During this pandemic year, a time of great uncertainty for organizers of cultural events, the Montreal International Documentary Festival (RIDM) did much more than present its films using an online streaming platform. Running three weeks and divided into 8 thematic sections accompanied by 95 pieces of original content including discussions, interviews, podcasts and round tables, the festival stood out by creating a completely reinvented format designed for present circumstances, completed with creative and diverse promotional concepts and companion content. The renewal’s success was confirmed by audience figures that exceeded expectations, with a record number of passes sold.
In this year’s all-online format, the festival presented 109 films from 45 countries. The RIDM continued to support new talent, parity and diversity.In addition to the successful Soirée de la relève Radio-Canada and a selection of films from Wapikoni mobile, the festival took advantage of the virtual format to provide more support than ever for short films, with a record 49 on the program. The festival’s commitment to showcasing new talent was also reflected in the impressive 18 first features selected for the festival.
As a leader in parity issues, the RIDM continues to show the way with 52% of filmmakers being women. The diversity of voices remains one of the festival’s strengths, and this year was no exception, including the young filmmakers at the Soirée de la relève, a majority of short films made by members of minority communities, and a special focus on international works by filmmakers who documented their own communities, such as maɬni – towards the ocean, towards the shore by Sky Hopinka, a look inside the Ho-Chunk culture, or Dark City Beneath the Beat by TT The Artist, about the Baltimore club scene.
Designed for accessibility – both geographical (Quebec-wide) and financial (bundled rather than single tickets) – in 2020 the RIDM reached, for the first time, viewers outside Montreal,who purchased 11-25% of thematic section tickets. Rejecting the traditional single-film model in favour of thematic groupings, the festival reached two more goals. First, the removal of hierarchical distinctions between feature, short and medium-length films gave each work its due, as confirmed by viewing numbers. Second, the festival chose relevant themes that audiences appreciated.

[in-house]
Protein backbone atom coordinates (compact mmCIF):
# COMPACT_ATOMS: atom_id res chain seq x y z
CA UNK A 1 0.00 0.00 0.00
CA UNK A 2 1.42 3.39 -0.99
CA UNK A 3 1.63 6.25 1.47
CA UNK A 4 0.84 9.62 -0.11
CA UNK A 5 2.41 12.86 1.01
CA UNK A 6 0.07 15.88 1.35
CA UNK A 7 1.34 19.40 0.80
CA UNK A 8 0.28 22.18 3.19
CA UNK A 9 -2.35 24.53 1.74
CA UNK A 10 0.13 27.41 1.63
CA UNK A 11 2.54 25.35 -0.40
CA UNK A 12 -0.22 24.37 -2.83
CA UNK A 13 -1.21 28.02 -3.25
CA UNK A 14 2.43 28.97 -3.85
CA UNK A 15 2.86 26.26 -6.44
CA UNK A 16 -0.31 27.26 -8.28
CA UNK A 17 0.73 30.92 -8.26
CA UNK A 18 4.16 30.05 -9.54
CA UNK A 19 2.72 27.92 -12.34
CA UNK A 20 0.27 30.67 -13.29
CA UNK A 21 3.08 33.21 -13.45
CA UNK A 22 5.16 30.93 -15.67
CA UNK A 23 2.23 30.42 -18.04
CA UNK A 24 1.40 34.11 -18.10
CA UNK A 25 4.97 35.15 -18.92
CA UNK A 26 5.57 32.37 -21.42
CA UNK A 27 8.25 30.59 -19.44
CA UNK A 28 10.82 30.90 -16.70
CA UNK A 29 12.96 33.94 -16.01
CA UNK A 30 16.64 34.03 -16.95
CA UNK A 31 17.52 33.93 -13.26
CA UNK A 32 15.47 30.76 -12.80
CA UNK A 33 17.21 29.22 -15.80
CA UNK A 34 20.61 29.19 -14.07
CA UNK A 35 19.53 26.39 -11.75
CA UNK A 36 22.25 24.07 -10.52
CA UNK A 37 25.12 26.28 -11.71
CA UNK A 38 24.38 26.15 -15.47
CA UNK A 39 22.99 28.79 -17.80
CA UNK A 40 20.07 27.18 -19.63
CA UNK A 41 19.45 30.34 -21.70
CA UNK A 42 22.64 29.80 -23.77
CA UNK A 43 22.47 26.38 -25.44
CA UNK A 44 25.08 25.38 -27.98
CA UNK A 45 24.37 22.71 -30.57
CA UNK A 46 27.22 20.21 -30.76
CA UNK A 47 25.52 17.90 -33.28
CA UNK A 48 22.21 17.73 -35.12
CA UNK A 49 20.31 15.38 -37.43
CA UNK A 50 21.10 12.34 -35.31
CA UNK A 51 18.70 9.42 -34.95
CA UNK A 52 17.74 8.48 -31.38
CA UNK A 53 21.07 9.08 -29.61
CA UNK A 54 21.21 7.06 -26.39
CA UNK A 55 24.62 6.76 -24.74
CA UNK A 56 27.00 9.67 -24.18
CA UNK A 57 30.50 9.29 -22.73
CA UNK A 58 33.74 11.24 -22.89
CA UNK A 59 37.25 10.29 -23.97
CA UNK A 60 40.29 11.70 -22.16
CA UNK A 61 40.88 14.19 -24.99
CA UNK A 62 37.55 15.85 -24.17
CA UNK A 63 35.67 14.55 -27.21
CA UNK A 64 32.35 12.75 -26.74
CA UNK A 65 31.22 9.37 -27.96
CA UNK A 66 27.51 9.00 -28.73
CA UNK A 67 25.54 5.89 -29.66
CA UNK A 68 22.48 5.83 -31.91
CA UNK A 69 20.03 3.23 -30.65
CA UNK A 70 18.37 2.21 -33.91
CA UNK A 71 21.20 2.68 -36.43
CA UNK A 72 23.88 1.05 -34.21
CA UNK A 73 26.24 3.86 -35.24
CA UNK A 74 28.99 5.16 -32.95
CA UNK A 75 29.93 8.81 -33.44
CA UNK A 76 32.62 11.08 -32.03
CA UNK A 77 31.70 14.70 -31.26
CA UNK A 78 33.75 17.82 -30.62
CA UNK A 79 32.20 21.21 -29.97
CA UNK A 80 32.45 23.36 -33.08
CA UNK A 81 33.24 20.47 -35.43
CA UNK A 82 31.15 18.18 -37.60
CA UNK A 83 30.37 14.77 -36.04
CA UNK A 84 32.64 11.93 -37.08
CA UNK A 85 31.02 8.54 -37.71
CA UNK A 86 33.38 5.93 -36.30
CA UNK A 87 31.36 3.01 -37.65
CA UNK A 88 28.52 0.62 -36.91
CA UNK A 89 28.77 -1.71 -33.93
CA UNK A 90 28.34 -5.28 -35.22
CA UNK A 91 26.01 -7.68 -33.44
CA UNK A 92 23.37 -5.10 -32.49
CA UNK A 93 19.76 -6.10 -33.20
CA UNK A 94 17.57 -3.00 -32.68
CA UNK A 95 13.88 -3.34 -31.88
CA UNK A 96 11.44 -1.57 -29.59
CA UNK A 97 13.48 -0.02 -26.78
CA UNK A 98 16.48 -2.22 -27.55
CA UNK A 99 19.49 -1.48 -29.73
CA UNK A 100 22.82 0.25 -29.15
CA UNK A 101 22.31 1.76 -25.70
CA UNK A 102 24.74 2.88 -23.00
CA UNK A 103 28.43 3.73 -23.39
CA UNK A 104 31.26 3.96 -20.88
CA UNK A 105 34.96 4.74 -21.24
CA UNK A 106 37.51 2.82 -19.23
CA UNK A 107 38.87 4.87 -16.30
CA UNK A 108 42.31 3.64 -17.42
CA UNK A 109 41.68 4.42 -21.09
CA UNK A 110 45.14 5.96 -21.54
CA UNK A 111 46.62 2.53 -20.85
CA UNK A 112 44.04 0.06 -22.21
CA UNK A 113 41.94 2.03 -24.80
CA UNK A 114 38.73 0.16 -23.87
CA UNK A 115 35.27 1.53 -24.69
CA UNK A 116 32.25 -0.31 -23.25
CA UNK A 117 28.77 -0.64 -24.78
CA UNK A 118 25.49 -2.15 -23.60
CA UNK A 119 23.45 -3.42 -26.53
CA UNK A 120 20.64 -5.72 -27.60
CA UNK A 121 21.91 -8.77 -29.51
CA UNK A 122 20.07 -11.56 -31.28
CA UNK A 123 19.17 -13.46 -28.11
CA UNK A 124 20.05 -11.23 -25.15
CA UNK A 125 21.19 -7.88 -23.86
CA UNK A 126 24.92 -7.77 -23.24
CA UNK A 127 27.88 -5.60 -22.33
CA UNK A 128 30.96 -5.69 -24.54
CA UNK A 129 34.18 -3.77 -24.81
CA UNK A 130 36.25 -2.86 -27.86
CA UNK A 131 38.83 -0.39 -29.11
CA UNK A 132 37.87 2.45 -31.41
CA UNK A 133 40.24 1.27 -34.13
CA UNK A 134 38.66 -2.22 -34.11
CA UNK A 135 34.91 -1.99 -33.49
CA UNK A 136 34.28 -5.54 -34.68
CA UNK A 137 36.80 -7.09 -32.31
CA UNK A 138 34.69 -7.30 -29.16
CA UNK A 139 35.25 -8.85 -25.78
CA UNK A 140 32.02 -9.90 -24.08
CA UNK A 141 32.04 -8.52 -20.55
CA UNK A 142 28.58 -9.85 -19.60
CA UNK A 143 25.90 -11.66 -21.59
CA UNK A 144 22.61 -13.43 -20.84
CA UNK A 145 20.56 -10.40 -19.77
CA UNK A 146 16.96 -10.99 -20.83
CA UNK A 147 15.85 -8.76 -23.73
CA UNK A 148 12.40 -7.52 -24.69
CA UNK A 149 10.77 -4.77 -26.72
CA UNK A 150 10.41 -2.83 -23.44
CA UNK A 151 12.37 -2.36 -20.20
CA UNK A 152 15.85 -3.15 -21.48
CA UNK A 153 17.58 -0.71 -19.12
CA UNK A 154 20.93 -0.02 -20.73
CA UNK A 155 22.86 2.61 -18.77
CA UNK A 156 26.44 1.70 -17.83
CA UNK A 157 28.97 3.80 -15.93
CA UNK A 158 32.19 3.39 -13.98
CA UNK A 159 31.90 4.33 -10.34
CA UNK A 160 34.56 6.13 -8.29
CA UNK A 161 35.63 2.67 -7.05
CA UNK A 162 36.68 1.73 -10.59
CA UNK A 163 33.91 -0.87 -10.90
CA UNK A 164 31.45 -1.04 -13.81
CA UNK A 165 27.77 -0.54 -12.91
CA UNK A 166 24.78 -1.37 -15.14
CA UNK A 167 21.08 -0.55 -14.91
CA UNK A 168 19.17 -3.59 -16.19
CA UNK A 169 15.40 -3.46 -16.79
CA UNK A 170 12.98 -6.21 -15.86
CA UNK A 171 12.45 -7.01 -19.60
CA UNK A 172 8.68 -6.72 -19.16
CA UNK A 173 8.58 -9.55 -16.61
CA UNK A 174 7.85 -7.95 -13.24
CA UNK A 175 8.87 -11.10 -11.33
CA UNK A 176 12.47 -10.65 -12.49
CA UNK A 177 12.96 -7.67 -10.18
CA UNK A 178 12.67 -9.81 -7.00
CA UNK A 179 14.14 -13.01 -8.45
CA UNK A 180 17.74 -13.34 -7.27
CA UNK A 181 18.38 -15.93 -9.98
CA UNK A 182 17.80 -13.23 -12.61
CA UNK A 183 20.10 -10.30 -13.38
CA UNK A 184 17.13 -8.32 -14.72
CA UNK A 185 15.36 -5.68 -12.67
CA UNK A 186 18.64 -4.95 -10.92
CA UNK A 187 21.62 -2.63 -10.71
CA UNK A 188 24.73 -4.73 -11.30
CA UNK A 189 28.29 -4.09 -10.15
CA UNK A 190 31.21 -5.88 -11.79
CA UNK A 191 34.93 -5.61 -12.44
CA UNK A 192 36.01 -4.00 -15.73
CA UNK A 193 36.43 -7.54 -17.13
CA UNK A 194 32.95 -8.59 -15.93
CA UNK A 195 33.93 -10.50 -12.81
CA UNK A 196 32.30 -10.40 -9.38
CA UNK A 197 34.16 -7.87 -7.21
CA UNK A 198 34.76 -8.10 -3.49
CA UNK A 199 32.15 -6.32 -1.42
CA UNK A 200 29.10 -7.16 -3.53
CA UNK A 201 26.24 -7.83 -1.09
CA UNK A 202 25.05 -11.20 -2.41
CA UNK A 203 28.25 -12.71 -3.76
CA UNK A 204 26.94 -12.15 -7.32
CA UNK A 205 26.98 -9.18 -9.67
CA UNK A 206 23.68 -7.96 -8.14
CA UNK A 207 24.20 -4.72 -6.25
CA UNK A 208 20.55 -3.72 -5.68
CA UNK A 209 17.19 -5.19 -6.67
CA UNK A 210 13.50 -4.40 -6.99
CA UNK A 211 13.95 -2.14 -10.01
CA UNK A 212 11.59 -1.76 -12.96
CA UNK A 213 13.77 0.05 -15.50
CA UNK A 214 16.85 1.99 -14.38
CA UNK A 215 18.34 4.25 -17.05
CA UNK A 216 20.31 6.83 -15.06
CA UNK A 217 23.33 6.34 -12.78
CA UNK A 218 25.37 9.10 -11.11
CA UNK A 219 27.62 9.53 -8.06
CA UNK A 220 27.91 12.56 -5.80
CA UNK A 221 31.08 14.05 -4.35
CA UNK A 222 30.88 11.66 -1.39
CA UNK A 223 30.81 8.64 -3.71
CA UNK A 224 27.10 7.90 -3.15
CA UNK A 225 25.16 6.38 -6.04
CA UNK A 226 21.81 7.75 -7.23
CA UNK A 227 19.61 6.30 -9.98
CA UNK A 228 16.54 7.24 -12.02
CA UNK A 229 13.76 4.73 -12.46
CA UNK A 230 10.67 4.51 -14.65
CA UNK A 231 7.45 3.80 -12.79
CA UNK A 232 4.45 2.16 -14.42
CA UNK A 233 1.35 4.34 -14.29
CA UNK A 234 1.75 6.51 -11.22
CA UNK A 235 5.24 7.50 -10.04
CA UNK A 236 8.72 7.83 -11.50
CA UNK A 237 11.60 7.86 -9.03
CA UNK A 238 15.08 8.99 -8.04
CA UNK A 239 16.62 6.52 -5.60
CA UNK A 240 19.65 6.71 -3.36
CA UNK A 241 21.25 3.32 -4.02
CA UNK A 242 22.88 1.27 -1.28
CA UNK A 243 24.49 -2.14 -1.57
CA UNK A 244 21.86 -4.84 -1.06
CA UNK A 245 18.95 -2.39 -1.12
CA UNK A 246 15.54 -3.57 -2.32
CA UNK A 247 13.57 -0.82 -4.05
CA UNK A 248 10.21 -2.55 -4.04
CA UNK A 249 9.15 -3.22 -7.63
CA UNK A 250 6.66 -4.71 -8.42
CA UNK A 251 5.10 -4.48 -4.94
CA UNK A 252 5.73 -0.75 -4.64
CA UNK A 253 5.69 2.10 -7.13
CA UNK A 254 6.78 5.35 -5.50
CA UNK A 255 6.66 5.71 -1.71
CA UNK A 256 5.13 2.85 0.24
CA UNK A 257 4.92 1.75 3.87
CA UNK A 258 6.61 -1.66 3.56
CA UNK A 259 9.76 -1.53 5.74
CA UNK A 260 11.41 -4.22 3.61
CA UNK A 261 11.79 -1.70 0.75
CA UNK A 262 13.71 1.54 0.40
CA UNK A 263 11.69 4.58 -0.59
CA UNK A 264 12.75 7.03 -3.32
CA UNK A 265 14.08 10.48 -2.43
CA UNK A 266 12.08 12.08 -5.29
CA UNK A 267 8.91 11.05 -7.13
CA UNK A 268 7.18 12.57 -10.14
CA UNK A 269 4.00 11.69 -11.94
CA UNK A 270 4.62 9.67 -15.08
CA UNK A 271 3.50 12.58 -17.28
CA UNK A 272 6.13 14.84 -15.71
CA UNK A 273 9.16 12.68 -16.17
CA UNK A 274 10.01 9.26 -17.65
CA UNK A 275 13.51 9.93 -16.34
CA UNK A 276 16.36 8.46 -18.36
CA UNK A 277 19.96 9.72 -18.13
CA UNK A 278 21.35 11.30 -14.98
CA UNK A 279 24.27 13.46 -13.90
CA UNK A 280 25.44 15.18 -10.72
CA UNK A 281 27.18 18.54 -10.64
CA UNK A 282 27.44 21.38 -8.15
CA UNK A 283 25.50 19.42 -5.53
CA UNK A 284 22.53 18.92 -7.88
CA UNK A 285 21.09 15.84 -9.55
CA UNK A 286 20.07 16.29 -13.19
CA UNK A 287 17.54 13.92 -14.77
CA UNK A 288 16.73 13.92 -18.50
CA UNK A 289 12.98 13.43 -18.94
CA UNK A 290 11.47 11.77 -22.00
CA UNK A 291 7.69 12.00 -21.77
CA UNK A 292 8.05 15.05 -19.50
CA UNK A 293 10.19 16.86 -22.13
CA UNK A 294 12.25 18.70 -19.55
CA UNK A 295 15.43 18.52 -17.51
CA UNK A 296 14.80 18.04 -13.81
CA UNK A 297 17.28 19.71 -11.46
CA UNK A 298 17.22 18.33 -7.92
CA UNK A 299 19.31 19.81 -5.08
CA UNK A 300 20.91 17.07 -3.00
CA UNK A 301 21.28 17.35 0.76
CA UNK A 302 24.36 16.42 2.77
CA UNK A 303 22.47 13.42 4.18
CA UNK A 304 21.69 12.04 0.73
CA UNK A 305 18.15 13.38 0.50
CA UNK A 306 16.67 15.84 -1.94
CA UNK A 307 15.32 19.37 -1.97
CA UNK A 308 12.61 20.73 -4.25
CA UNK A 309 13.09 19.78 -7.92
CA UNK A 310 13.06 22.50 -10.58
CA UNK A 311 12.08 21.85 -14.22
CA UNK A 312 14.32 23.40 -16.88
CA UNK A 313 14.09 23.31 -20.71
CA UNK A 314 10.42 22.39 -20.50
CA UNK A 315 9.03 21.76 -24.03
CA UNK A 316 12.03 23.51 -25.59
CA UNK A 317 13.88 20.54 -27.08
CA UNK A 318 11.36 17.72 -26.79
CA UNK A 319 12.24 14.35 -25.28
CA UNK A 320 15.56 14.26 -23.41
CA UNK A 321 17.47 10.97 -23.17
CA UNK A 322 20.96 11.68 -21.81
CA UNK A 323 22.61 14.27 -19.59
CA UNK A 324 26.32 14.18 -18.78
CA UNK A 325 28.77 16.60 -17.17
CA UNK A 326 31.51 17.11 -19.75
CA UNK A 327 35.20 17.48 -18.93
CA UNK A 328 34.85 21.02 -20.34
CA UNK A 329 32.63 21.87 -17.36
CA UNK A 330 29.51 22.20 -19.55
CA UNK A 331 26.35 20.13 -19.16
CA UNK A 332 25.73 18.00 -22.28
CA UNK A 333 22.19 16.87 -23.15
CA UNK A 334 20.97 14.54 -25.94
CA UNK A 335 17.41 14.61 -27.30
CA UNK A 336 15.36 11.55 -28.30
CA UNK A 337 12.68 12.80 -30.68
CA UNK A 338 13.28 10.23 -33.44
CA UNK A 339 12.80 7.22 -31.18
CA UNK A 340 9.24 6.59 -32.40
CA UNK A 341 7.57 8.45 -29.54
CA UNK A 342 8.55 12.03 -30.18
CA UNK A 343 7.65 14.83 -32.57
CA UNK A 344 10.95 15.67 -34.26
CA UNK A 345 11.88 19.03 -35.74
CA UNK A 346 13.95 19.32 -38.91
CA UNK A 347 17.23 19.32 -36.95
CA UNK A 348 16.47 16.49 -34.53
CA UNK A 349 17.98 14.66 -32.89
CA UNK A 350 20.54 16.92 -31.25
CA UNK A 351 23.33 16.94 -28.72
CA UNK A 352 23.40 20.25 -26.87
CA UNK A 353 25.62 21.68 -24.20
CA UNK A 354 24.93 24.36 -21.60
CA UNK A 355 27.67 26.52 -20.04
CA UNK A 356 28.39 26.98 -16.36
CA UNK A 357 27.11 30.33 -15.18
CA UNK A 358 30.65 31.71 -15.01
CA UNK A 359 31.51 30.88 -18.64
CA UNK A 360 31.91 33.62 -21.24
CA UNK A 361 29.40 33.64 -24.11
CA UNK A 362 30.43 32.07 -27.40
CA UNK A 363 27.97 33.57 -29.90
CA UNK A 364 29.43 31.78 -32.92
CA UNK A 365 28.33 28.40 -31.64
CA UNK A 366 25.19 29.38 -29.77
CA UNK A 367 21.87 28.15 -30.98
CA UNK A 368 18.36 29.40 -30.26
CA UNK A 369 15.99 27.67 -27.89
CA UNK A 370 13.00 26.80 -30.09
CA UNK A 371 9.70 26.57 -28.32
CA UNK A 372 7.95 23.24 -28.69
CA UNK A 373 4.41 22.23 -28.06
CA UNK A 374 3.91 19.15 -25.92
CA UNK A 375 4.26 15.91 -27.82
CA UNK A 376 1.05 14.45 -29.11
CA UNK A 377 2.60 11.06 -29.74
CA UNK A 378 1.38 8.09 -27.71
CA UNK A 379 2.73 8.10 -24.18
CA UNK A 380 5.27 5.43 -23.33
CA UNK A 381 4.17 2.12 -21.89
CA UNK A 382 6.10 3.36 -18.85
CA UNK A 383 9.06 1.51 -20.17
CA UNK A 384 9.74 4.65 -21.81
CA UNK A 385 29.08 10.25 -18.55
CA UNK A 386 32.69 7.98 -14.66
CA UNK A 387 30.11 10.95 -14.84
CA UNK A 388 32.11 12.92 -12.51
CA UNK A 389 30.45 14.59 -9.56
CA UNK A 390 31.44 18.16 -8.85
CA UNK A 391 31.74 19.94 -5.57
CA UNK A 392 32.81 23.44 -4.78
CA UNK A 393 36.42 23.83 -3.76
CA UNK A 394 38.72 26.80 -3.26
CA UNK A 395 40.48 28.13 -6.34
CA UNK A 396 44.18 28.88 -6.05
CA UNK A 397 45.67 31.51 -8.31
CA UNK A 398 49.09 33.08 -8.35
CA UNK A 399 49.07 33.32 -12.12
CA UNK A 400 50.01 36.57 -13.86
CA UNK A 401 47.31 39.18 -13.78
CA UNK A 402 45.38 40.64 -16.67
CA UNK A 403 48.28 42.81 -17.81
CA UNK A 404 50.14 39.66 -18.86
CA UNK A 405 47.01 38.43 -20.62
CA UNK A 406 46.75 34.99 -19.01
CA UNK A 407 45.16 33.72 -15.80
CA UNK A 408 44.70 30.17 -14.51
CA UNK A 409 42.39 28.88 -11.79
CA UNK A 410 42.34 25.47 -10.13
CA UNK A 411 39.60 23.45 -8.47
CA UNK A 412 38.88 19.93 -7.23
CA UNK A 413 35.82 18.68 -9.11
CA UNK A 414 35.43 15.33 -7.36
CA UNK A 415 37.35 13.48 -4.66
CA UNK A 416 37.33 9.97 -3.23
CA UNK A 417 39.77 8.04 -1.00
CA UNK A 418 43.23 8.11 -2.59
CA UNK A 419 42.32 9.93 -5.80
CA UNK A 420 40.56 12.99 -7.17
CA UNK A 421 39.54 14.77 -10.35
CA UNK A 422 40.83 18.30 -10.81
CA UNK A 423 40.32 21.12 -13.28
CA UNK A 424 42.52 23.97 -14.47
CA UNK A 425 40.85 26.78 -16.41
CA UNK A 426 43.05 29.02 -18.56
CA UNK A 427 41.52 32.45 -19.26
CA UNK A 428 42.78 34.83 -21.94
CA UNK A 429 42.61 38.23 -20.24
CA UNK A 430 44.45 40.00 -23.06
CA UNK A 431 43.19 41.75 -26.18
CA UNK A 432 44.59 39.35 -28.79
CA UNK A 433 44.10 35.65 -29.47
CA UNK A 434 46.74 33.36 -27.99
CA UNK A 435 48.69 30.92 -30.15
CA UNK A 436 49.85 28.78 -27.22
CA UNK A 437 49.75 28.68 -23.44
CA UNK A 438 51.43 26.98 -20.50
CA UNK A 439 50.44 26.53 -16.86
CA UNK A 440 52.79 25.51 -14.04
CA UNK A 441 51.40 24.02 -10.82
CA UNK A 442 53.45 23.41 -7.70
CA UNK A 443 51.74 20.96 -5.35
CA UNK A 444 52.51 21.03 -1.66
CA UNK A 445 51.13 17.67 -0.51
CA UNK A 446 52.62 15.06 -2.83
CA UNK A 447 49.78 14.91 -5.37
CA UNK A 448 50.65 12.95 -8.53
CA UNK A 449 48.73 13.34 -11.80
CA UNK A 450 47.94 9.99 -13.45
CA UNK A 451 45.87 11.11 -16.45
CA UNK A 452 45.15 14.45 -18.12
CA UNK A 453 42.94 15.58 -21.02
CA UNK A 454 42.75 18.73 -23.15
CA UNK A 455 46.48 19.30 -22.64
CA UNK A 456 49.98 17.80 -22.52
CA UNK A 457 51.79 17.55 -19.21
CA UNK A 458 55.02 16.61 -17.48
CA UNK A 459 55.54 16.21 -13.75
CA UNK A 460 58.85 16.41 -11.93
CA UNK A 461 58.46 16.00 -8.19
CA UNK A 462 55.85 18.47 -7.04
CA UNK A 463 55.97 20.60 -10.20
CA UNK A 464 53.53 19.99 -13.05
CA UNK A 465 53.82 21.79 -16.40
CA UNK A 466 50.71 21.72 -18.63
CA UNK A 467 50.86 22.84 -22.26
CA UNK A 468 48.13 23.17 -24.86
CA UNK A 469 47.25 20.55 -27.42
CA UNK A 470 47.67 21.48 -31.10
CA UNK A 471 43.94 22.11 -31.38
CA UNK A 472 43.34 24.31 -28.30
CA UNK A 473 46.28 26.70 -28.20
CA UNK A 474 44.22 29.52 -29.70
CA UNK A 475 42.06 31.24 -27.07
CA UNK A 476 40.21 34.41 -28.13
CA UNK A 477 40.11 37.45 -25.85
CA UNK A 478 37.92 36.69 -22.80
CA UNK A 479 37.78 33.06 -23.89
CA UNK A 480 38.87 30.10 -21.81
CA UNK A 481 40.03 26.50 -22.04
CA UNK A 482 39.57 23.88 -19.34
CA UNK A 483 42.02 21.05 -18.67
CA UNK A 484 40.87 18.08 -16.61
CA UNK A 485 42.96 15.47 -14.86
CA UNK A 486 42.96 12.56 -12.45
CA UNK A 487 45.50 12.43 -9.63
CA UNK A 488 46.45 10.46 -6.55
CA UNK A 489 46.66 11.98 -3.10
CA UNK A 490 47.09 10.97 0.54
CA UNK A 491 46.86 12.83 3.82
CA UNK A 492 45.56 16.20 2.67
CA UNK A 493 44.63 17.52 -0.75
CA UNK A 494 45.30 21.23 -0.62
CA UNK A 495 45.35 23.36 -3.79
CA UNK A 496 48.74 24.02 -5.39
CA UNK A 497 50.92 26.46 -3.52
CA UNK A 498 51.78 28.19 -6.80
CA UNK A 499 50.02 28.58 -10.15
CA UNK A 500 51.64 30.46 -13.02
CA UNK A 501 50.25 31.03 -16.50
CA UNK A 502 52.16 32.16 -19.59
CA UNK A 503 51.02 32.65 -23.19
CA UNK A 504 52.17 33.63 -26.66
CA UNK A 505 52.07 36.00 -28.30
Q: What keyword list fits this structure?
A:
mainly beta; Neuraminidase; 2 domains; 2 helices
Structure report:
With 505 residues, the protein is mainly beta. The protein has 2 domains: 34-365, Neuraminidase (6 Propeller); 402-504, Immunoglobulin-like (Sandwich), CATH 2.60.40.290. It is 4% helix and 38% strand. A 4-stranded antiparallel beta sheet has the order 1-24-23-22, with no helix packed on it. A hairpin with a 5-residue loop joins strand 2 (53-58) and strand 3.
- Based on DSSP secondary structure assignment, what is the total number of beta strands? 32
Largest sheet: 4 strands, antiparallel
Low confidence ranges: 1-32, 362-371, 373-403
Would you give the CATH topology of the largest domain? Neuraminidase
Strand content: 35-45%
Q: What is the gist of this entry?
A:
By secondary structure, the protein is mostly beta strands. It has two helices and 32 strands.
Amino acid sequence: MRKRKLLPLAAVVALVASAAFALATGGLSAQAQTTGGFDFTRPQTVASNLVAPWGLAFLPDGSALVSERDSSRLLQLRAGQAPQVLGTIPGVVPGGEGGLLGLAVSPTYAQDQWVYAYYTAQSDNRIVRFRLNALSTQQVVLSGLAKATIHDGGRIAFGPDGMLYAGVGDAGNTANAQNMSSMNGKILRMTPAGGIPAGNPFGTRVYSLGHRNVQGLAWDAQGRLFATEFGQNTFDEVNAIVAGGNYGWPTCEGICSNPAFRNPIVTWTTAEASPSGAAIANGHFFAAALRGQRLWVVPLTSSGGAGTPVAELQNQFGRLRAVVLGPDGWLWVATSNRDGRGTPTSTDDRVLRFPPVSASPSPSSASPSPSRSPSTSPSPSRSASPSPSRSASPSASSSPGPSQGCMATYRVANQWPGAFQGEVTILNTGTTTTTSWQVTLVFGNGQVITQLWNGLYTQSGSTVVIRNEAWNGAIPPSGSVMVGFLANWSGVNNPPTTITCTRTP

Taking the lead from the Grand Prize for Best National Feature, L’Indien malcommode (Inconvenient Indian) by Michelle Latimer, the most popular sections in the 2020 edition were Seeking Communities, Becoming Oneself and Redefining Intimacy. All three sections explored new ways of thinking about today’s most urgent social and identity questions. Designed to highlight new perspectives, promote creativity in documentary film and spark discussions about major current issues, the 2020 edition of the RIDM not only pursued but improved upon the festival’s longstanding mandate. Because most of the original content created for this year’s festival is designed to have long-term value after the festival, the significant body of RIDM 2020 companion materials will remain relevant in 2021. These materials will accompany RIDM Extended, with some films already available and more to come throughout 2021 thanks to partnerships with La Fabrique culturelle, Festival Scope, Radio-Canada (ICI TOU.TV) and Tënk.
Forum RIDM online
The 16th edition of Forum RIDM was also a success, with more than 300 accredited participants including 127 industry professionals. In an extended 8-day format, this year’s online edition of Forum RIDM overcame several obstacles to provide practical strategic tools. Through the Forum’s 16 activities – workshops, discussions and numerous organized and informal networking activities – participants had the opportunity to hone their skills and expand their knowledge.
Forum RIDM 2020’s all-online program focused on accessibility and inclusiveness in the industry. With small-group and one-on-one activities, the Création Plurielle series presented funding and writing workshops for women, with the financial support of the Bell Fund. The Funds and Experts round tables brought together people working in every part of the industry. With the support of the Canada Council for the Arts and DOC Québec, up-and-coming professionals received personalized guidance to help them make the most of the Forum.
Presented by the Alliance des producteurs francophones du Canada (APFC), Forum RIDM’s centrepiece, the One-on-One,welcomed 72 industry representatives from 13 countries and 66 participants for a total of 592 online business meetings. New talent was also a focus this year with four forms of support offered to francophone and anglophone filmmakers through the 7th edition of the Talent Lab, presented byNETFLIX. For the first time, FranC Doc awarded a project development grant to an emerging filmmaker from a remote area. A total of $31,000 in grants and support were awarded at Forum RIDM 2020.
The 16th edition of Forum RIDM was a clear success. The participants were eager to contribute, industry experts and representatives shared their knowledge freely, and our many partners embraced the new, dynamic and exciting online format.
The 24th annual RIDM will take place in November, 2021.